This is utterly beautiful.
Thank you to Monica Cassani and http://www.beyondmeds.com for linking to this.
I think Monica’s comment is wholly accurate:-
‘We need love in the mental health system. Love is ultimately the only thing that heals, because love recognizes our individuality and cannot ultimately ever be coercive. In order to support one another to become who we are we need love. In the end it is that simple.’
Lots of things that aren’t love get called love, especially in our culture. As a result, love has got a dirty name, including in therapeutic and ‘mental health’ circles. Many look askance, preferring apparently safer words like ‘professional’ and ‘treatment’. Of course, that way of seeing carries its own risks. As Brian Thorne put it, talking of the therapeutic work of Mary Kilborn:-
“Her preparedness to take risks and to run the danger of being accused of over-involvement (a favourite term of abuse employed by therapists who wish to legitimise their own fear of relationship) communicated to many of her most wounded clients a sense of their inherent worth which no amount of clever talk or analytical acuity could have achieved”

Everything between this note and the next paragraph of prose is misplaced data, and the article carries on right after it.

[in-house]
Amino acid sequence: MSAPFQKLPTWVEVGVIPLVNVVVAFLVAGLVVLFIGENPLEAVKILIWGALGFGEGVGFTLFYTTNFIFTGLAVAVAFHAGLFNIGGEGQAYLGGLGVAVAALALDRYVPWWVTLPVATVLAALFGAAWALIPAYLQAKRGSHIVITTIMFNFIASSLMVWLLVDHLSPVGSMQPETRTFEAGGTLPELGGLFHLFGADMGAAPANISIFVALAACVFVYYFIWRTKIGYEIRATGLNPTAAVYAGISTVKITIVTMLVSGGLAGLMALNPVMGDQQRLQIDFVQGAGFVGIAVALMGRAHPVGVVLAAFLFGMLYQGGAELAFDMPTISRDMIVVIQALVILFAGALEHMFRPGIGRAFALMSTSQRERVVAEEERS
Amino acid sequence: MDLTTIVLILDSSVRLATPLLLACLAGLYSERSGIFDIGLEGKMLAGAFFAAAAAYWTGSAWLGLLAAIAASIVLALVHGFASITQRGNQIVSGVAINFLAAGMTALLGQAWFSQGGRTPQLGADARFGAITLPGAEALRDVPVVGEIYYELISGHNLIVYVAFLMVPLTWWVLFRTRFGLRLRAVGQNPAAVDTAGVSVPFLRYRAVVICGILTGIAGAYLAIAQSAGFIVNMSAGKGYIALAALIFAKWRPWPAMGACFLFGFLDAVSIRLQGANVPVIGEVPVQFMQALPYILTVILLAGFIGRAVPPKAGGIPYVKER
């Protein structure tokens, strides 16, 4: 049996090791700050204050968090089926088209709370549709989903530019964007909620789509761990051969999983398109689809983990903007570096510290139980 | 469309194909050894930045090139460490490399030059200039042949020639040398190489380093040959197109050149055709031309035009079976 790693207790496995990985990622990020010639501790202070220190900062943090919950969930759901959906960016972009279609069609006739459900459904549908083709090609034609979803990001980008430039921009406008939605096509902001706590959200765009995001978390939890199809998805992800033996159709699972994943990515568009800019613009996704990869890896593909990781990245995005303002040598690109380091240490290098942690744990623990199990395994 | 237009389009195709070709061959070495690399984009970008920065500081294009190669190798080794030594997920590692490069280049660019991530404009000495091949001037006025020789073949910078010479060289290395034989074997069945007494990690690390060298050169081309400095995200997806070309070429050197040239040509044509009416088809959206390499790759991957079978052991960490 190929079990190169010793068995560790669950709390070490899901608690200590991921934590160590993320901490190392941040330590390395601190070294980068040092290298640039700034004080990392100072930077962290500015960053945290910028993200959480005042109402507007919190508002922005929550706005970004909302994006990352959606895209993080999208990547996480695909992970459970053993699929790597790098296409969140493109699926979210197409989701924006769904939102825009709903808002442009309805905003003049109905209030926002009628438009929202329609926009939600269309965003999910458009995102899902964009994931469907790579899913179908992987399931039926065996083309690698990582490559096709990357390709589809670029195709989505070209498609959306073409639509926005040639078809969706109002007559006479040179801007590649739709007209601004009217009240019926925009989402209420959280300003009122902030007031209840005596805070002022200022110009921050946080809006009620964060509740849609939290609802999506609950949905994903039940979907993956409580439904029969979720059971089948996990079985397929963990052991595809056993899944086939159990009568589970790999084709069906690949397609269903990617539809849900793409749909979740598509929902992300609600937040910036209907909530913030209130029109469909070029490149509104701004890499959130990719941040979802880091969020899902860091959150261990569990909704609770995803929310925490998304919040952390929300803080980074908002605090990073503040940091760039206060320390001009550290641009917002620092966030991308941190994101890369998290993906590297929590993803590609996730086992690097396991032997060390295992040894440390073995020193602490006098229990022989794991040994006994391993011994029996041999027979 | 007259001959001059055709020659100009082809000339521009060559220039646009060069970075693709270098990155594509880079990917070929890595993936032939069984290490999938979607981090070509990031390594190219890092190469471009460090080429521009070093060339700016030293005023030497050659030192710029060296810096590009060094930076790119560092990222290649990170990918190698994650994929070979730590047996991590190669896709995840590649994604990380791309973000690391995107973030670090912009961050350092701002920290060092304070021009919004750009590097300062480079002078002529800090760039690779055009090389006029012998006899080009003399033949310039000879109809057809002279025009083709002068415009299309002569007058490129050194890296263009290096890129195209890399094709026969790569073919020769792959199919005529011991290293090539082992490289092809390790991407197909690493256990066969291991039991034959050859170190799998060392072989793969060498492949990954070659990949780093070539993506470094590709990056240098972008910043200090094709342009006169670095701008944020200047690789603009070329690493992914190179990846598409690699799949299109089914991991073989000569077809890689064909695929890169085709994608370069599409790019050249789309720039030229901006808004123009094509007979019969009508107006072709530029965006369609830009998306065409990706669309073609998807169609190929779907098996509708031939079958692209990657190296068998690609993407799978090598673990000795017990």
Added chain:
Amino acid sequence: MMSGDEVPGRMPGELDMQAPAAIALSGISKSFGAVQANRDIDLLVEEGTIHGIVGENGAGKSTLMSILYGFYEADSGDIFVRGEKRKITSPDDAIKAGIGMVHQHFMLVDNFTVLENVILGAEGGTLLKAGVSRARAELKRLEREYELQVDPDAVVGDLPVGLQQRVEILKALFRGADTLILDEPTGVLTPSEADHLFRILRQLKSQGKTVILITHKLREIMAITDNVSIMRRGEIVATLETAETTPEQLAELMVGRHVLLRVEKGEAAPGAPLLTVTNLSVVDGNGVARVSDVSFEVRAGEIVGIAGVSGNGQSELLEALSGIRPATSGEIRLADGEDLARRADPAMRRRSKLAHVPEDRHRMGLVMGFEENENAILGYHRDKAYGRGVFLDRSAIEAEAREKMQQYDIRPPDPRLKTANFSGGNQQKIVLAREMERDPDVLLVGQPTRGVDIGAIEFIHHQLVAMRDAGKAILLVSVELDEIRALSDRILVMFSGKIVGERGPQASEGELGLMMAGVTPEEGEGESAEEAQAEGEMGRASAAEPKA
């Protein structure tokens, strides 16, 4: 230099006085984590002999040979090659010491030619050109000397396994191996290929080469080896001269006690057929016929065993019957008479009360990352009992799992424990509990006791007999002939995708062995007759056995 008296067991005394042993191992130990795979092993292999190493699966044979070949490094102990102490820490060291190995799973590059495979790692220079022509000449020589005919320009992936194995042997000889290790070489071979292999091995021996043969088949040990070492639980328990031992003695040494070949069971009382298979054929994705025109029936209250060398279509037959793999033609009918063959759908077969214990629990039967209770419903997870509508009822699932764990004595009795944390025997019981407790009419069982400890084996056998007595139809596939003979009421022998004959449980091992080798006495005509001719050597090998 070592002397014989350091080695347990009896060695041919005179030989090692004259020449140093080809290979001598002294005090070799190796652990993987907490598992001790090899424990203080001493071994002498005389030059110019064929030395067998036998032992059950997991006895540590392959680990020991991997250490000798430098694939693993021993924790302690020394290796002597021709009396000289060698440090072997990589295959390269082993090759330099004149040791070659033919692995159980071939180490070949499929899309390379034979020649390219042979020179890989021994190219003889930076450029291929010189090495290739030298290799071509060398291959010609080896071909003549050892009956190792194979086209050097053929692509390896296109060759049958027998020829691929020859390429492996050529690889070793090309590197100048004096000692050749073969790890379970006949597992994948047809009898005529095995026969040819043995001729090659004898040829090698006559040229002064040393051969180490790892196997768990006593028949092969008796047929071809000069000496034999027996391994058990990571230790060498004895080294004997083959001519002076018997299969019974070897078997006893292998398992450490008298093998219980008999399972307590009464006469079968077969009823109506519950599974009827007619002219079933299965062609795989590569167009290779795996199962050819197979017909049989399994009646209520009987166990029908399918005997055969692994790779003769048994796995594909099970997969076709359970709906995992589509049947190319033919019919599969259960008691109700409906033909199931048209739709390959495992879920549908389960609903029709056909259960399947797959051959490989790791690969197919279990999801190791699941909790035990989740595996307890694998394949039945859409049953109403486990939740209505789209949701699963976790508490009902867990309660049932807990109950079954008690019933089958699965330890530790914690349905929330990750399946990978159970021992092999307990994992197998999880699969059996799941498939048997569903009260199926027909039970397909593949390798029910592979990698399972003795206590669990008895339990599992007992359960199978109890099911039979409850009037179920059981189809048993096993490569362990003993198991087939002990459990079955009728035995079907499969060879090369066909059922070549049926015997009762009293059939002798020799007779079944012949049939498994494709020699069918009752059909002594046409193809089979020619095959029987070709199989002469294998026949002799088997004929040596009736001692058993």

Brian Thorne: The Mystical Power of Person Centred Therapy – Hope beyond Despair 2002
The reality seems to be that we know love – authentic love – when we experience it. At some level, we mostly get it, when someone offers us encounter, empathy, congruence and their deep, non-possessive loving presence:-
‘“Why is it,” he said, one time, at the subway entrance, “I feel I’ve known you so many years?”
“Because I like you,” she said, “and I don’t want anything from you.”’
Ray Bradbury, Fahrenheit 451
Love in this sense has the qualities that Maya and Monica describe. It is rare, and it is healing. It can, of course, also be profoundly challenging, even frightening, depending where you start from.Which is why love is also patient, and willing to wait.
In one word, it is love person-centered therapy offers and love we offer at this service. And I think it matters to reclaim the word….
Lindsey Talbott, Therapist
Palace Gate Counselling Service, Exeter
Counselling Exeter since 1994